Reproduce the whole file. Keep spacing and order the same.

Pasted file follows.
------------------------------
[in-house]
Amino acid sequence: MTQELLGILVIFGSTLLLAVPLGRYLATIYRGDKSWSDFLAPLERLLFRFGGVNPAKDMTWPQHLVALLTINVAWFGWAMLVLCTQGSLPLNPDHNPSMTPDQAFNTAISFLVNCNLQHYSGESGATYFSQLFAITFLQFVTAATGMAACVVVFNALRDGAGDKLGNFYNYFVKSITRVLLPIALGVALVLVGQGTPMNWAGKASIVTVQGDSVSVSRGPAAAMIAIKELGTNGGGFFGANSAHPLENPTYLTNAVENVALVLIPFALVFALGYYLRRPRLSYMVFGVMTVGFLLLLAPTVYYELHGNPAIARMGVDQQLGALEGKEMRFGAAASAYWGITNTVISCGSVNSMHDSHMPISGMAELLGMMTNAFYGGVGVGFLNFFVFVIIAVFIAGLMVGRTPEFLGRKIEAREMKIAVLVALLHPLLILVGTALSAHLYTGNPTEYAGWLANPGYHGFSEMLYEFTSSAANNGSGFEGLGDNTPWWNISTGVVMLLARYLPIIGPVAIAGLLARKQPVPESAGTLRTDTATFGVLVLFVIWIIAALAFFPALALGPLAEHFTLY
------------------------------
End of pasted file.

[in-house]
Amino acid sequence: MTQELLGILVIFGSTLLLAVPLGRYLATIYRGDKSWSDFLAPLERLLFRFGGVNPAKDMTWPQHLVALLTINVAWFGWAMLVLCTQGSLPLNPDHNPSMTPDQAFNTAISFLVNCNLQHYSGESGATYFSQLFAITFLQFVTAATGMAACVVVFNALRDGAGDKLGNFYNYFVKSITRVLLPIALGVALVLVGQGTPMNWAGKASIVTVQGDSVSVSRGPAAAMIAIKELGTNGGGFFGANSAHPLENPTYLTNAVENVALVLIPFALVFALGYYLRRPRLSYMVFGVMTVGFLLLLAPTVYYELHGNPAIARMGVDQQLGALEGKEMRFGAAASAYWGITNTVISCGSVNSMHDSHMPISGMAELLGMMTNAFYGGVGVGFLNFFVFVIIAVFIAGLMVGRTPEFLGRKIEAREMKIAVLVALLHPLLILVGTALSAHLYTGNPTEYAGWLANPGYHGFSEMLYEFTSSAANNGSGFEGLGDNTPWWNISTGVVMLLARYLPIIGPVAIAGLLARKQPVPESAGTLRTDTATFGVLVLFVIWIIAALAFFPALALGPLAEHFTLY